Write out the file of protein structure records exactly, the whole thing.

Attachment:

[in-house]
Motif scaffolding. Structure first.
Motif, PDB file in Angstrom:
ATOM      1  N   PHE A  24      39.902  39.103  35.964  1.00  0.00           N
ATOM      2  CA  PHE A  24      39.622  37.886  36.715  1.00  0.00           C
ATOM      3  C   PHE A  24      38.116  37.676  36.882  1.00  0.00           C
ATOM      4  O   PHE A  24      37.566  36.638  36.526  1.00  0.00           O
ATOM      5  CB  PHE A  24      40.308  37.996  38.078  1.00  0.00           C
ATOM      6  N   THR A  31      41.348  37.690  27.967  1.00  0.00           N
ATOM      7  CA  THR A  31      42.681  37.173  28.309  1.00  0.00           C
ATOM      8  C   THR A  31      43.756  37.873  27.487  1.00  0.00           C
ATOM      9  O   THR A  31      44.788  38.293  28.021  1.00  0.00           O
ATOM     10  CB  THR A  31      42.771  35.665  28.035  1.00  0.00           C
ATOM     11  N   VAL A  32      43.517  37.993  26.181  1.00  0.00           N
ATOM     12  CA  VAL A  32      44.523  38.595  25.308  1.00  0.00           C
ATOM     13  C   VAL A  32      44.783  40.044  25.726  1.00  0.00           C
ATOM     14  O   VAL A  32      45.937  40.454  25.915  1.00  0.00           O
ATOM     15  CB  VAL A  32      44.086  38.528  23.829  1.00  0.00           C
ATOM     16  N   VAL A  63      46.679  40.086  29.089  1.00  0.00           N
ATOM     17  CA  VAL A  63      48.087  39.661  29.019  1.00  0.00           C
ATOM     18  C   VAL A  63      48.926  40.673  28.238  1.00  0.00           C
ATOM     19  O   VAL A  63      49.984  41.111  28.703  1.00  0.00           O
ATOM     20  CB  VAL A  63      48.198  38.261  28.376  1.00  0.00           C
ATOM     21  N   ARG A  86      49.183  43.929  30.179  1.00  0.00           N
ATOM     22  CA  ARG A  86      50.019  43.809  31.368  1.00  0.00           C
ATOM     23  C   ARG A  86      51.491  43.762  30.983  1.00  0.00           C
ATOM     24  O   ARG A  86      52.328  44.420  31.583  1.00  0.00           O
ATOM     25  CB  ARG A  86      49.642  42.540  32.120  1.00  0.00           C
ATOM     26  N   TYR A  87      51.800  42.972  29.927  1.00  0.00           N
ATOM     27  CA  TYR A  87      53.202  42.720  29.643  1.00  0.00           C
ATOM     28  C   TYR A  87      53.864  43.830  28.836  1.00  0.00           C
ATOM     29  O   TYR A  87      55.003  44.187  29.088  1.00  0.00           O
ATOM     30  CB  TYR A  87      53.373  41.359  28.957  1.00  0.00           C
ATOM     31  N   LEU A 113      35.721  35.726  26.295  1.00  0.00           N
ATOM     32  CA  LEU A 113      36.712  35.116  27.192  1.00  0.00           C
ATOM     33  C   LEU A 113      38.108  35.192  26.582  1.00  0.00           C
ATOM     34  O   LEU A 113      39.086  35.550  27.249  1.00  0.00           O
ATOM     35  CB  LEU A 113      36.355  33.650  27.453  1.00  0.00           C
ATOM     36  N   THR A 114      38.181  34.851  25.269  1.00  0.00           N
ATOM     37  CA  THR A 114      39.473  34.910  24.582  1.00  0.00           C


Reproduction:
[in-house]
Motif scaffolding. Structure first.
Motif, PDB file in Angstrom:
ATOM      1  N   PHE A  24      39.902  39.103  35.964  1.00  0.00           N
ATOM      2  CA  PHE A  24      39.622  37.886  36.715  1.00  0.00           C
ATOM      3  C   PHE A  24      38.116  37.676  36.882  1.00  0.00           C
ATOM      4  O   PHE A  24      37.566  36.638  36.526  1.00  0.00           O
ATOM      5  CB  PHE A  24      40.308  37.996  38.078  1.00  0.00           C
ATOM      6  N   THR A  31      41.348  37.690  27.967  1.00  0.00           N
ATOM      7  CA  THR A  31      42.681  37.173  28.309  1.00  0.00           C
ATOM      8  C   THR A  31      43.756  37.873  27.487  1.00  0.00           C
ATOM      9  O   THR A  31      44.788  38.293  28.021  1.00  0.00           O
ATOM     10  CB  THR A  31      42.771  35.665  28.035  1.00  0.00           C
ATOM     11  N   VAL A  32      43.517  37.993  26.181  1.00  0.00           N
ATOM     12  CA  VAL A  32      44.523  38.595  25.308  1.00  0.00           C
ATOM     13  C   VAL A  32      44.783  40.044  25.726  1.00  0.00           C
ATOM     14  O   VAL A  32      45.937  40.454  25.915  1.00  0.00           O
ATOM     15  CB  VAL A  32      44.086  38.528  23.829  1.00  0.00           C
ATOM     16  N   VAL A  63      46.679  40.086  29.089  1.00  0.00           N
ATOM     17  CA  VAL A  63      48.087  39.661  29.019  1.00  0.00           C
ATOM     18  C   VAL A  63      48.926  40.673  28.238  1.00  0.00           C
ATOM     19  O   VAL A  63      49.984  41.111  28.703  1.00  0.00           O
ATOM     20  CB  VAL A  63      48.198  38.261  28.376  1.00  0.00           C
ATOM     21  N   ARG A  86      49.183  43.929  30.179  1.00  0.00           N
ATOM     22  CA  ARG A  86      50.019  43.809  31.368  1.00  0.00           C
ATOM     23  C   ARG A  86      51.491  43.762  30.983  1.00  0.00           C
ATOM     24  O   ARG A  86      52.328  44.420  31.583  1.00  0.00           O
ATOM     25  CB  ARG A  86      49.642  42.540  32.120  1.00  0.00           C
ATOM     26  N   TYR A  87      51.800  42.972  29.927  1.00  0.00           N
ATOM     27  CA  TYR A  87      53.202  42.720  29.643  1.00  0.00           C
ATOM     28  C   TYR A  87      53.864  43.830  28.836  1.00  0.00           C
ATOM     29  O   TYR A  87      55.003  44.187  29.088  1.00  0.00           O
ATOM     30  CB  TYR A  87      53.373  41.359  28.957  1.00  0.00           C
ATOM     31  N   LEU A 113      35.721  35.726  26.295  1.00  0.00           N
ATOM     32  CA  LEU A 113      36.712  35.116  27.192  1.00  0.00           C
ATOM     33  C   LEU A 113      38.108  35.192  26.582  1.00  0.00           C
ATOM     34  O   LEU A 113      39.086  35.550  27.249  1.00  0.00           O
ATOM     35  CB  LEU A 113      36.355  33.650  27.453  1.00  0.00           C
ATOM     36  N   THR A 114      38.181  34.851  25.269  1.00  0.00           N
ATOM     37  CA  THR A 114      39.473  34.910  24.582  1.00  0.00           C